In the U.S. there are 496,000 such households, out of 113 million total households in the U.S.. That’s much more than the rest of the world combined (I’m deducing that from the fact that the chart gives us numbers for the top 25 countries, which total 376,000 households. But No. 25, Poland, only 1,000, and so all other countries would have less than that).

That means those half a million American families have a minimum of $14.8 trillion of wealth, and the real number is far higher than that since I got it by multiplying the $30 million minimum by 496,000. Presumably, almost none of them are worth exactly $30,000,000.00.

Total household wealth in the U.S. was $57 trillion in the first quarter, so if the Deloitte numbers are correct, it means 0.4 percent of families control, at a minimum, 26 percent of the country’s wealth.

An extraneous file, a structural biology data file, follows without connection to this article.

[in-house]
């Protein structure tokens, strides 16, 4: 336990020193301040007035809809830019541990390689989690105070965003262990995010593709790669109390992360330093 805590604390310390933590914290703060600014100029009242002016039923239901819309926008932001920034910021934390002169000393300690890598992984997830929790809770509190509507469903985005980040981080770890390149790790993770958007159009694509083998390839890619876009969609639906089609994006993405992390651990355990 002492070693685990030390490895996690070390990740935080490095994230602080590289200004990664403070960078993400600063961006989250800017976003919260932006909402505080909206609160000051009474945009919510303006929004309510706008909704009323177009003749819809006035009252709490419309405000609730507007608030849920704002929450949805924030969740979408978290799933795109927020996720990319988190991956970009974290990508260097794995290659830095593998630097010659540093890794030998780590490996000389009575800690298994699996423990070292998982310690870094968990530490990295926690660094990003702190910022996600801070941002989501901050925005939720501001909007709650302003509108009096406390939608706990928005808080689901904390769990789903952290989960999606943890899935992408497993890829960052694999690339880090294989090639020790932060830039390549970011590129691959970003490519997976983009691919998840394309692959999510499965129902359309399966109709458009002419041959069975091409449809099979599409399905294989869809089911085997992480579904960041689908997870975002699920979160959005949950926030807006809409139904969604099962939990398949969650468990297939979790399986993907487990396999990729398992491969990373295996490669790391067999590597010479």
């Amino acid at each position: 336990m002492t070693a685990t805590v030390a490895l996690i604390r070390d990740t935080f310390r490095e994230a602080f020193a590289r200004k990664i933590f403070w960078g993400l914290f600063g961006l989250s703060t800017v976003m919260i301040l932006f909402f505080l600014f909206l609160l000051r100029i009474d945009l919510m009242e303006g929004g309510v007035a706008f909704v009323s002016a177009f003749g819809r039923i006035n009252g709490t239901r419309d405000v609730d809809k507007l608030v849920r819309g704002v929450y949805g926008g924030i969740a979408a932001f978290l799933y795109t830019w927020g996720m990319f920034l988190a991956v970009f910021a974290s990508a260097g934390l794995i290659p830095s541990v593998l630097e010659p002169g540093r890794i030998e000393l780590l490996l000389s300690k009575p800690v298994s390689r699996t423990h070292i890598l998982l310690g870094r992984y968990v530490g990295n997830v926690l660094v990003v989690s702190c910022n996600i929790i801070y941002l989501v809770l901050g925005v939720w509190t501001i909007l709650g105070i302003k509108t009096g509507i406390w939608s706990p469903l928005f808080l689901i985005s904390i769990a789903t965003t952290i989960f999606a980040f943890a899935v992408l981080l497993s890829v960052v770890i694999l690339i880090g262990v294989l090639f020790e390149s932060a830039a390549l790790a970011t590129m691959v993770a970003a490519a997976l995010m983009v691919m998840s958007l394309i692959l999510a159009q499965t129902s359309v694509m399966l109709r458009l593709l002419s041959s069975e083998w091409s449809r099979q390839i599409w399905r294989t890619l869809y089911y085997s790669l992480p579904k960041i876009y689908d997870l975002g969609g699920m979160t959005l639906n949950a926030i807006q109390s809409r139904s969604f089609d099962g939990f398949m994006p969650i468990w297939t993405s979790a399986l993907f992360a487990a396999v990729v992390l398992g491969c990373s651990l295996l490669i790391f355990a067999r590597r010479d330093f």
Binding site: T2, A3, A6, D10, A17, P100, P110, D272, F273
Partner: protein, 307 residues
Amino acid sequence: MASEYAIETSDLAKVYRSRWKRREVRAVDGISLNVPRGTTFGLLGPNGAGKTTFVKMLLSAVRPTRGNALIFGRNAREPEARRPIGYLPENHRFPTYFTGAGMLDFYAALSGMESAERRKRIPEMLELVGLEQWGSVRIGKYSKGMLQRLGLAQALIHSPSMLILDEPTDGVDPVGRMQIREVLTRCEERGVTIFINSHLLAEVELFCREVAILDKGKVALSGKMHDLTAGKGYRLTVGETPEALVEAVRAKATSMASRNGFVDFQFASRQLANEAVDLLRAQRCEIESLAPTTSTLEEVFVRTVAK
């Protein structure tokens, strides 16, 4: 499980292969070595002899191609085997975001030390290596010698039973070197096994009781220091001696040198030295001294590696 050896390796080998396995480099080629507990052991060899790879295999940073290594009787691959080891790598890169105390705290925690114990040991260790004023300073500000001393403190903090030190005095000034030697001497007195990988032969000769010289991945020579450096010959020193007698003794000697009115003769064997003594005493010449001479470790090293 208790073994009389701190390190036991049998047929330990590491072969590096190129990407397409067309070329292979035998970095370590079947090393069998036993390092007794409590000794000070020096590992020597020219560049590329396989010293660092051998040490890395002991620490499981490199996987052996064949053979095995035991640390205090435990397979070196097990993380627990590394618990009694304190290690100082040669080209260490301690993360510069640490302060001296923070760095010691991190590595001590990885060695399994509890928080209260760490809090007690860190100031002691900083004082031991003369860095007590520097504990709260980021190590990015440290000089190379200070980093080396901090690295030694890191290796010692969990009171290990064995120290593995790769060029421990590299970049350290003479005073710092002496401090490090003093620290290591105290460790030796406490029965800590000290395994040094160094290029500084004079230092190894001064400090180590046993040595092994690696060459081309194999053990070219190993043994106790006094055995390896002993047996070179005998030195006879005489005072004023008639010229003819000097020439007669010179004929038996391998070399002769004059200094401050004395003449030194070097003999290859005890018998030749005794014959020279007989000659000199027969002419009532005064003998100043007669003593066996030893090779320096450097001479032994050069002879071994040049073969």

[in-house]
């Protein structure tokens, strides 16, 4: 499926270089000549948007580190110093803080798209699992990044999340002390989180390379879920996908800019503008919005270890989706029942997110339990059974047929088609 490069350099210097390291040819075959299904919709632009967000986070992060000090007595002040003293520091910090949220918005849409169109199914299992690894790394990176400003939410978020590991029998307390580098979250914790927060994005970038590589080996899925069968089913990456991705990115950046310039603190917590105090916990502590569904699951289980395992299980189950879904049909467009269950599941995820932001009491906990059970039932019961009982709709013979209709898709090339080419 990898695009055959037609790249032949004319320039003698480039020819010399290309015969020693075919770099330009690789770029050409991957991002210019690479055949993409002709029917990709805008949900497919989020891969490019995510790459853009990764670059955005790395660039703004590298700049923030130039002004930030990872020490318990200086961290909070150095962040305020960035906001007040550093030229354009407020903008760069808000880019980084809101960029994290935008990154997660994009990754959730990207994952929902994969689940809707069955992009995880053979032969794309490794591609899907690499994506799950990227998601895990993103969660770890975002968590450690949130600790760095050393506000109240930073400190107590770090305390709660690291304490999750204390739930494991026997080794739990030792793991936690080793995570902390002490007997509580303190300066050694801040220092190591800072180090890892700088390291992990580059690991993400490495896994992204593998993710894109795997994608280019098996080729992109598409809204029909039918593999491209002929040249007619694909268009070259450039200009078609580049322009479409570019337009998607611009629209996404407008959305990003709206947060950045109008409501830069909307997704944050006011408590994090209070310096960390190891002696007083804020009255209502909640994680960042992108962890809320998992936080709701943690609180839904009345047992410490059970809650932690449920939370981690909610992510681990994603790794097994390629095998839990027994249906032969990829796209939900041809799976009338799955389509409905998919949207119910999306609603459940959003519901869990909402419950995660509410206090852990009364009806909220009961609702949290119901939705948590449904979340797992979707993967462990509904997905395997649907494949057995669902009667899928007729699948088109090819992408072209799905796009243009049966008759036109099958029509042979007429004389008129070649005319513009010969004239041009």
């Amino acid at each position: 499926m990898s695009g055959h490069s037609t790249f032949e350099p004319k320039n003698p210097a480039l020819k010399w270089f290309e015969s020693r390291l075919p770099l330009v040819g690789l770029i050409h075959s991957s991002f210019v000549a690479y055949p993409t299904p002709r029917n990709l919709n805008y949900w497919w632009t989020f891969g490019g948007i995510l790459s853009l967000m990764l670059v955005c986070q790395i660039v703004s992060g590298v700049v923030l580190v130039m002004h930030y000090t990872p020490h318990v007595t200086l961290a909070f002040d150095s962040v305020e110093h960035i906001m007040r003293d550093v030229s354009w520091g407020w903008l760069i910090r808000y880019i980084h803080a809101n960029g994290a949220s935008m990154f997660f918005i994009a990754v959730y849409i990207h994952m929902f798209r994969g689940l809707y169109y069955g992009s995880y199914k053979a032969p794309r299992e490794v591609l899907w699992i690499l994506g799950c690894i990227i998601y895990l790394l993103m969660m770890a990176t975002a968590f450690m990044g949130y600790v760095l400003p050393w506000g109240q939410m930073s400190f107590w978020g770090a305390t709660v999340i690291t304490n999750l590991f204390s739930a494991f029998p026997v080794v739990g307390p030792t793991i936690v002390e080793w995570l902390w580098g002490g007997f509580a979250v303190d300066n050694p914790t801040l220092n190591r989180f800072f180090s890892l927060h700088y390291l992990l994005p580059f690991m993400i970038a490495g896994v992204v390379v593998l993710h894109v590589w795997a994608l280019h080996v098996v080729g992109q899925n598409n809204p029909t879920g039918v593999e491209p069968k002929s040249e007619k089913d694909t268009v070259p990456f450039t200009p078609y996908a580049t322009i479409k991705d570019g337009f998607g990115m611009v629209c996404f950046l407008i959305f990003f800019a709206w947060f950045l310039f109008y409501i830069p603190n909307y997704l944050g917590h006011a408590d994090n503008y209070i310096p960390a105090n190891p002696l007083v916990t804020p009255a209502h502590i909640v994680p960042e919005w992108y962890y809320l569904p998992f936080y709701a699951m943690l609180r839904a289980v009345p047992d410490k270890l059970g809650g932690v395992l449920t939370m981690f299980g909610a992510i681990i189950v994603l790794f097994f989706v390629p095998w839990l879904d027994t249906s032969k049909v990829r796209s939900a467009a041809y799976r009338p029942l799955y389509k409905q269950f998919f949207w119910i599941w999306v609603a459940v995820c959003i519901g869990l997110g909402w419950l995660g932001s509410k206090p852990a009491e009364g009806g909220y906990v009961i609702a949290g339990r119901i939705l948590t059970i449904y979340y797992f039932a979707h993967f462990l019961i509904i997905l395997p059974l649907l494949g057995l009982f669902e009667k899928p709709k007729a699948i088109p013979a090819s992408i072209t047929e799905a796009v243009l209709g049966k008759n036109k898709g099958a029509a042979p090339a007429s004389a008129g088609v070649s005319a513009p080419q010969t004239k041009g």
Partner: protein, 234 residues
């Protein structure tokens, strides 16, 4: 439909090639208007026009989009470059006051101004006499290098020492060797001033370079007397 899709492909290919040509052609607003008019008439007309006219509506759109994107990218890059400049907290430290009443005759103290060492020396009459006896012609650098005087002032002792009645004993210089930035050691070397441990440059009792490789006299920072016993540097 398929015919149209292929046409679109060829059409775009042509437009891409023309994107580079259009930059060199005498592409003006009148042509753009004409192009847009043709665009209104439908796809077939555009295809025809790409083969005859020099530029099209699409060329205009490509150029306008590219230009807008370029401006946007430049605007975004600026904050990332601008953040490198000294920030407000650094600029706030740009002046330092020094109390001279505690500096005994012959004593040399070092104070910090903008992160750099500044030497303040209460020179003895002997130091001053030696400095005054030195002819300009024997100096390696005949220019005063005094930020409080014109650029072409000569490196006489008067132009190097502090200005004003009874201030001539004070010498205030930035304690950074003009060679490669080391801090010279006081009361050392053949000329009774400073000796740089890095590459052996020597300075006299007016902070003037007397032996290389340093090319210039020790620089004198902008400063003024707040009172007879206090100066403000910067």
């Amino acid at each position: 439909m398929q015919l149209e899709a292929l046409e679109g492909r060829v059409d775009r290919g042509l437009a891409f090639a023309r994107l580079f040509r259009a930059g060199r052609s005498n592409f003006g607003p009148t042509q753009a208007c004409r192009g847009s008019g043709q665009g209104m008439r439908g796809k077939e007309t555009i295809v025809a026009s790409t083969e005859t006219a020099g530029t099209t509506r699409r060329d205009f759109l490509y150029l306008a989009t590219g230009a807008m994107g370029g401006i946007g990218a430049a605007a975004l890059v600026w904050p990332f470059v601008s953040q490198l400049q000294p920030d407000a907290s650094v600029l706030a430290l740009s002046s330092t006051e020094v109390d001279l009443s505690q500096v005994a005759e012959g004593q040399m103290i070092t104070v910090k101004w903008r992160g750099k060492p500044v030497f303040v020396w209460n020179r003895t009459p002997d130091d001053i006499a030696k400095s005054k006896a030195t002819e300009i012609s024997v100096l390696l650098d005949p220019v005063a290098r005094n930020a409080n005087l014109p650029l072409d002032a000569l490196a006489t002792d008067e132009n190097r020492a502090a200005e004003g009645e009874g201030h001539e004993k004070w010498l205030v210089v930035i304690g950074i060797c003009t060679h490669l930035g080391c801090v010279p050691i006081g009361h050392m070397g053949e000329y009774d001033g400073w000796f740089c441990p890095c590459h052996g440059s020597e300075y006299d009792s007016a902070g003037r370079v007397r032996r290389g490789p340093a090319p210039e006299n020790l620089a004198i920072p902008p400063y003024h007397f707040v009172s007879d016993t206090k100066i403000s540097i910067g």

Another 2.2 million American households are super-wealthy, worth between $5 million and $30 million. That would mean a minimum of $11 trillion of wealth and the top 2.3 percent of households would own at least 45 percent of all the wealth and probably more like 60 percent or 70 percent, when considering the billionaires and centimillionaires in that $30 million-plus cohort..

The upshot: Wealth is going to get even more concentrated over the next decade, if Deloitte’s projections prove to be halfway correct.

(h/t Zero Hedge)

Deloitte Millionaire Study

Ryan Chittum is a former Wall Street Journal reporter, and deputy editor of The Audit, CJR's business section. If you see notable business journalism, give him a heads-up at rc2538@columbia.edu.